How micro moments help build trust

How micro moments help build trust

Alison Inverarity - Chief Risk Officer
Supporting The Community

Alison Inverarity, our Chief Risk Officer, was invited by the Institute of Chartered Accountants of Scotland to write an article on trust, given the reputational issues that have beset both accountancy and banking. This article explores how Alison sees humility and empathy as being key for building trust.

As both a Chartered Accountant and a long standing professional within the banking industry, I find it disappointing that the reputation - and trustworthiness – of accountants and bankers has been called into question in recent years. We have historically been, and should always be, trusted advisors to the clients who seek our guidance. And our professions are so important to society, that society rightly demands the highest standards of integrity from us.

At Hampden & Co, we are dependent on the trust built between our bankers and clients so we carefully nurture professional standards of conduct and this can be illustrated in three ways:

1) Empathising with our clients

We’re building a bank based on the provision of personal, professional banking services offered by our bankers to their clients. As a private bank, we look to develop long-term relationships with our clients and their families. Everything should be done to deliver the right outcomes for our clients as we want them to really feel we are on their side. Each client is unique - we take the time to listen, then use our professional judgement and experience to help find the right, bespoke solutions.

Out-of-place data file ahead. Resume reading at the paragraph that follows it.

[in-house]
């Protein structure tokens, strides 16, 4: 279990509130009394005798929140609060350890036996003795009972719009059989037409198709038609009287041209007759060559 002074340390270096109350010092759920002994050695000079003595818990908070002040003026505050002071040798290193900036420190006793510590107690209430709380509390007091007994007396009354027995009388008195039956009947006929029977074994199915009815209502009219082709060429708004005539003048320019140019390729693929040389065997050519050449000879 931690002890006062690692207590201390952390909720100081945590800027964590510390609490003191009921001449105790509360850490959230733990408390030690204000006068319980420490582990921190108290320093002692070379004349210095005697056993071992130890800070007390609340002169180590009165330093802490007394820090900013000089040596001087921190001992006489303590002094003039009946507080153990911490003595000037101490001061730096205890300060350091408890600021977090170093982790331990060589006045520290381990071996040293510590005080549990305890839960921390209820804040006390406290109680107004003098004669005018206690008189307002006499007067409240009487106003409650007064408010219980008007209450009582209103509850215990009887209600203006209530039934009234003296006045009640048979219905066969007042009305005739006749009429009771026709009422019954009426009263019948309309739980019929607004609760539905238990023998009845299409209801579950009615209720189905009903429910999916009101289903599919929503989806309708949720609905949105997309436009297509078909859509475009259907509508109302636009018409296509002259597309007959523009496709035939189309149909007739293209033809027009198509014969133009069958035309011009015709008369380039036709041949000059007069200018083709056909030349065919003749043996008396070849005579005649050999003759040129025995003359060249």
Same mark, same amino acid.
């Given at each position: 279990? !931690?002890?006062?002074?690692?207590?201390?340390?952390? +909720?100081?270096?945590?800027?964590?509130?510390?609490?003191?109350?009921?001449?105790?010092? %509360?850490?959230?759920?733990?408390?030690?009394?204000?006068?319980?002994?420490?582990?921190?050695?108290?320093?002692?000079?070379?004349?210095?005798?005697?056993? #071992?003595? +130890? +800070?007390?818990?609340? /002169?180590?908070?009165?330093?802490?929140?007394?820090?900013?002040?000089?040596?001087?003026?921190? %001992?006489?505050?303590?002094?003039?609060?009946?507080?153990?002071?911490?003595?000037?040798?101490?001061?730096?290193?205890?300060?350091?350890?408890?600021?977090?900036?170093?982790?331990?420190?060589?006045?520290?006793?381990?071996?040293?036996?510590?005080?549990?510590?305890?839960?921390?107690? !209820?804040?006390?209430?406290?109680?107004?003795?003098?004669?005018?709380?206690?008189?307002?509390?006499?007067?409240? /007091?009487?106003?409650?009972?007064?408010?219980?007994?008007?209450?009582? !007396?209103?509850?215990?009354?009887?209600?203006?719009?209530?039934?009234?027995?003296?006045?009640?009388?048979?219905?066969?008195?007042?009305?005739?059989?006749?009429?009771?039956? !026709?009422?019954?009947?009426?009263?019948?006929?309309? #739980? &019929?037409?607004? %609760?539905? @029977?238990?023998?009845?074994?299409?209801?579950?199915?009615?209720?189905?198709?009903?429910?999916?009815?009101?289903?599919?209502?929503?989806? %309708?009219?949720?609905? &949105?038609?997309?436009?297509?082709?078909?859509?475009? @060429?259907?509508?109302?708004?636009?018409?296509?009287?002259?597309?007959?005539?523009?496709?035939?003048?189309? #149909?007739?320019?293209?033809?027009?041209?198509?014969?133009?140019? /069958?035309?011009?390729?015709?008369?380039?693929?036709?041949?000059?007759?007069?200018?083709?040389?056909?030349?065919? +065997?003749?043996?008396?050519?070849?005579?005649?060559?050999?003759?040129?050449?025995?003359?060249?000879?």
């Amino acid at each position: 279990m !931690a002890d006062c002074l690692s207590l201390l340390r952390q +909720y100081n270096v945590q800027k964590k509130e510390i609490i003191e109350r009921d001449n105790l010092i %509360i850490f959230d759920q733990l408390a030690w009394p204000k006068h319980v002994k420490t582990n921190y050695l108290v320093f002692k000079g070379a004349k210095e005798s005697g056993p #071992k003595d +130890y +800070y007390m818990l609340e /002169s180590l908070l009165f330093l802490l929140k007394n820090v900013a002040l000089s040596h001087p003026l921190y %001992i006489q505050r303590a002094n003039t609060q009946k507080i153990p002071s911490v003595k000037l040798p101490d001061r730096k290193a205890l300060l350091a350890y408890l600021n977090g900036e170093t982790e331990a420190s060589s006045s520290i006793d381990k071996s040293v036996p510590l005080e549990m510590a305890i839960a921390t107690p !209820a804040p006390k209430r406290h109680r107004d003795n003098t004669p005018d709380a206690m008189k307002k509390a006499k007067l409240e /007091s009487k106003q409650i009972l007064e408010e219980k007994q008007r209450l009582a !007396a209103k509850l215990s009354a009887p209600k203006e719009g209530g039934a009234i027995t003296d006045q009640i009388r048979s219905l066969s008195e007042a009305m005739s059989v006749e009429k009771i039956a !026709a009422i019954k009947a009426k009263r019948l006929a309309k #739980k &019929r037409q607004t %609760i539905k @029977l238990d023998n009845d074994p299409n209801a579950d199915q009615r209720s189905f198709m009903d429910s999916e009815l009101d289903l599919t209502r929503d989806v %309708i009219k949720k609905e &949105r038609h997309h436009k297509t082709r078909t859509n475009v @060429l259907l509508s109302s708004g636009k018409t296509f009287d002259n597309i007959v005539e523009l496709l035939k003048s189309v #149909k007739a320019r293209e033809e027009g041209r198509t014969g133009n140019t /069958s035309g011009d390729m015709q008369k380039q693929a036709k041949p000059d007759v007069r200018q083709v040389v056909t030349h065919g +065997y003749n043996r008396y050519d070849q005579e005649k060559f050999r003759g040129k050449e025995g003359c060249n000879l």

2) Being trustworthy does not always mean saying "Yes"

One of the ways that we differentiate ourselves is by looking at every lending proposal on its own merits as we don’t use automated credit models. There can be times when approving a proposal is not the right outcome for the client and we will say so. This is a moment to show both empathy and integrity and can often require quite a bit of courage. Frequently, we can find alternative ways that allow our clients to achieve their ultimate goals so they still feel valued by our bankers.

3) Building trust one client at a time

Trust is built in the small moments – those points where an individual thinks not of their interests but of the interests of the other person. For example, if we make a mistake, it’s about being open and honest about it, showing humility and making sure our client feels we have resolved the matter fairly. It’s also about helping a client in their time of need, not when it’s convenient for us.

From the perspective of the banking profession, hopefully we have learned the lessons from the mistakes of the past decade and we will always remember the importance of valuing our clients. It will be a slow burn to bring people back on side, but the approach by new banks, such as Hampden & Co, will hopefully accelerate the change of sentiment.

And finally, I like to reflect on this quote by CS Lewis: “Integrity is doing the right thing, even when nobody is watching.” It’s about adopting high standards of conduct, not just because your professional institute and regulators expect it, but because it’s how you want to behave